The Firm of Girdlestone
by Arthur Conan Doyle
  

Review by
Robert Wilfred Franson

Chatto and Windus: London, 1890
399 pages

July 2013

  
Ships & diamonds, romance & adventure

John and Ezra Girdlestone, father and son, run a British merchant company trading to the African coast with several sailing ships, all dangerously ill-maintained. Their small office is in London, their business is quite personally run, and the firm and its owners are well respected in the City by the 1870s. John Girdlestone is deeply and ostentatiously religious, to the cynical amazement of his son. The senior Girdlestone also is the tightly-controlling guardian of an heiress not quite of age, Kate Harston. This young lady is a cousin of Tom Dimsdale, college-age son of a physician. These two families and their impingement are at the center of A. Conan Doyle's psychological-adventure novel The Firm of Girdlestone.

Of other significant characters I'll single out retired Major Tobias Clutterbuck, a habitue of card tables and overflowing with Indian Army reminiscences and anecdotes; and Hamilton Miggs, competent but hard-drinking captain of the firm's Black Eagle. All of these and the secondary characters could be stock types, and indeed when we first encounter them, they seem disappointingly so. But thanks to Doyle's authorial empathy and care, they all develop not merely interesting quirks, but unexpected depths and complexities.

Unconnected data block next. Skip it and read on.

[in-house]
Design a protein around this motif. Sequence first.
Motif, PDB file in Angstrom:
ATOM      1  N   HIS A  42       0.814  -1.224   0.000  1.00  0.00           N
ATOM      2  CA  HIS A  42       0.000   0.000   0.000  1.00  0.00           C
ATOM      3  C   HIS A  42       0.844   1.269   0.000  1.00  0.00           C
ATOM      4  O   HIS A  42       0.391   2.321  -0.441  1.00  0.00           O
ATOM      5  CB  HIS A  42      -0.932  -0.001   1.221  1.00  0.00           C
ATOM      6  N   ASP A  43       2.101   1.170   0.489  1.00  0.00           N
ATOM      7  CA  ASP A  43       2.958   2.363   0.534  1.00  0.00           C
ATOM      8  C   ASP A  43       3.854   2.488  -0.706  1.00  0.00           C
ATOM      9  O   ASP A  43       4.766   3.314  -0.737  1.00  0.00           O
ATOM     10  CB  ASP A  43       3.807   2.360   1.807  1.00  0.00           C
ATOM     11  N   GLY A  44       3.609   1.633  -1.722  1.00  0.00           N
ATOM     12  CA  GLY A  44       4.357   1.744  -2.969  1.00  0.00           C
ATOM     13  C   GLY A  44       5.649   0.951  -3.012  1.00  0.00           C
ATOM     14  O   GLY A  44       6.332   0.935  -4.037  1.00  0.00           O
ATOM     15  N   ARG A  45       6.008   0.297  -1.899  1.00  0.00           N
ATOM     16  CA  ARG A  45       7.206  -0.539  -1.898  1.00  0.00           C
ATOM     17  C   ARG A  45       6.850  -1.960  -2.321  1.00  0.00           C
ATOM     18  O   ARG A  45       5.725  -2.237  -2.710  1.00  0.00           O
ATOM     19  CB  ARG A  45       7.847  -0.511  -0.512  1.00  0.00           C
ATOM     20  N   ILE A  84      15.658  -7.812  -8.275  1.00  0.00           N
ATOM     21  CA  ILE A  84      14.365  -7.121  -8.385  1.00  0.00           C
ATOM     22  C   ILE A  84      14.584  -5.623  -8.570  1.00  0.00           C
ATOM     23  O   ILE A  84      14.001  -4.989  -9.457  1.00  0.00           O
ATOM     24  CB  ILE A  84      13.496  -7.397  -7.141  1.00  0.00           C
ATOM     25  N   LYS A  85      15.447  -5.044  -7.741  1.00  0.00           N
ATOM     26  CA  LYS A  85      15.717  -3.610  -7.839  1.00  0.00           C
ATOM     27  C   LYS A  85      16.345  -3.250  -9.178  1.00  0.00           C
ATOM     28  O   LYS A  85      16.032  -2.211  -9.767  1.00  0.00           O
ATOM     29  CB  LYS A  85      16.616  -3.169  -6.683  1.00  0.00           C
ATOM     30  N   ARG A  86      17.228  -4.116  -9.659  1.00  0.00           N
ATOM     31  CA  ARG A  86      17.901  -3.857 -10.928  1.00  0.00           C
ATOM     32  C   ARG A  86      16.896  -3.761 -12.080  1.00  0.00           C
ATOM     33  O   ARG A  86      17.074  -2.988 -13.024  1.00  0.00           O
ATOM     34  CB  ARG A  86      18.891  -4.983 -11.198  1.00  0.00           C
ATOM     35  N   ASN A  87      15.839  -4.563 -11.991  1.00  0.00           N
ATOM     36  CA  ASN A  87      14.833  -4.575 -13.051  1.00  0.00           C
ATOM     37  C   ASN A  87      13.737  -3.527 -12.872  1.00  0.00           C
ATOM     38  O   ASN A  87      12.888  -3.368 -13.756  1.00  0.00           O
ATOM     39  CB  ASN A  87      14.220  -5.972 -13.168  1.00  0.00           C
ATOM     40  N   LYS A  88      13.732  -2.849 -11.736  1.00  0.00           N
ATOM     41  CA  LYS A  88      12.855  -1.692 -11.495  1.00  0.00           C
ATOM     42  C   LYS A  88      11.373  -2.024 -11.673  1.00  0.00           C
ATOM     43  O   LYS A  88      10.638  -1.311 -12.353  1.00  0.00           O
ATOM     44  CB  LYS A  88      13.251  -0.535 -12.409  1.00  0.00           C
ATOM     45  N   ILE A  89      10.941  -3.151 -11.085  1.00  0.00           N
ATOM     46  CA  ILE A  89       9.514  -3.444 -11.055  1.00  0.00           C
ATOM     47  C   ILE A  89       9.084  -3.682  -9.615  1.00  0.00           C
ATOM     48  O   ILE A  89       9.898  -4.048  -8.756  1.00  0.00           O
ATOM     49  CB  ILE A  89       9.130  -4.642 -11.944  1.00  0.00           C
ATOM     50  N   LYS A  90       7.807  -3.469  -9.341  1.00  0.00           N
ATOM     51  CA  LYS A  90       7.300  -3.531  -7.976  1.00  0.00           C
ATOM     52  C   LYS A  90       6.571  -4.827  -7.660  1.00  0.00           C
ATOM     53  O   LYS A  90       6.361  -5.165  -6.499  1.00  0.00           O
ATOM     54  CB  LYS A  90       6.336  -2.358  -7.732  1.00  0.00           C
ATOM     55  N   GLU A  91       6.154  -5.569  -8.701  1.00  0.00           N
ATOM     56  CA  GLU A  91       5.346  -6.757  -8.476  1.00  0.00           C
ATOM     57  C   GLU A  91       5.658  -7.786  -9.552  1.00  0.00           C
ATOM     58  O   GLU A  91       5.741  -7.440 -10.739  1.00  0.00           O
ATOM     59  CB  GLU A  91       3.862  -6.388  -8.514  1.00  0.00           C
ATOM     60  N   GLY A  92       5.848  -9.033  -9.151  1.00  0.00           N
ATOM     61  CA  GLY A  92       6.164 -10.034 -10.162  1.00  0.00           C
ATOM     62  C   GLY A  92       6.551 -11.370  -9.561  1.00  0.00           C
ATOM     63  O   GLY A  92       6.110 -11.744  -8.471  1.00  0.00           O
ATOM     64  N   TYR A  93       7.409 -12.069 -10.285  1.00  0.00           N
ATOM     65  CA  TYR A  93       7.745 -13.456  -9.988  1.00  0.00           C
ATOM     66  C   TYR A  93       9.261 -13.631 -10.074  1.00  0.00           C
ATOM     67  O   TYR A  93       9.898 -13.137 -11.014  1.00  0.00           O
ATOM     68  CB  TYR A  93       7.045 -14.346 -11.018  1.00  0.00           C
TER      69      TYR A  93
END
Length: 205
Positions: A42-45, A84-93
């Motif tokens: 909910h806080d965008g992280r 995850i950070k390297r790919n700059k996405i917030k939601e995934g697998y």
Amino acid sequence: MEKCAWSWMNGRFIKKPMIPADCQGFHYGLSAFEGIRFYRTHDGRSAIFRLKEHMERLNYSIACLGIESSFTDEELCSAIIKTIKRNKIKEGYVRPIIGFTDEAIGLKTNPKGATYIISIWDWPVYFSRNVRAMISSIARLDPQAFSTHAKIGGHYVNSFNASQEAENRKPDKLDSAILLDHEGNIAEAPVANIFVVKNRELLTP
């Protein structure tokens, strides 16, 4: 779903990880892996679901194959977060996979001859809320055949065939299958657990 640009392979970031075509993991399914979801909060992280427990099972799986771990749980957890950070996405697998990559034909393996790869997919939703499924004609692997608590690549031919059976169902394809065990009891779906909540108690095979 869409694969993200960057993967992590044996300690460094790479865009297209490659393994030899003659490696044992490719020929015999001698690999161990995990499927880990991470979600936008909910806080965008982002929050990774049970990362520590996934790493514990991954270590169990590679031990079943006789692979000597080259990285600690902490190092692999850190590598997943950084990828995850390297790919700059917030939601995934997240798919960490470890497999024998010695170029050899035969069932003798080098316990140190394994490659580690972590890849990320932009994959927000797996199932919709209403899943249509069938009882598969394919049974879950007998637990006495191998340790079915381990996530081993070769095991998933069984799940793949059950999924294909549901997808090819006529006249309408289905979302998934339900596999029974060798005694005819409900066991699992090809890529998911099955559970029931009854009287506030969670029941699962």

The setting is largely in London, with excursions to South Africa, the English countryside, and the high seas. Conan Doyle rather takes London for granted here (unlike in the Sherlock Holmes stories), but his descriptive powers really come alive in the rural scenes and especially in the sea-going ones, where the physical adventure (in addition to the ethical, psychological, and financial tensions) is screwed to a high pitch.

A neat element of the novel is the firm's attempt at a corner in diamonds — to manipulate, control for a time, and thereby reap huge profits from the international market for diamonds — with careful plotting, financial tension, dangerous adventure, and the long fallout.
  

There are some sidelines and byways near the beginning of The Firm of Girdlestone which don't advance the plot, particularly the chapters on an election at Edinburgh University and a Rugby match. Mildly entertaining, but harmless — rather like the characters themselves at this point. But do persevere: it gets good, then it gets better. An enjoyable novel of character, finance, and adventure.

  

  
© 2013 Robert Wilfred Franson


  
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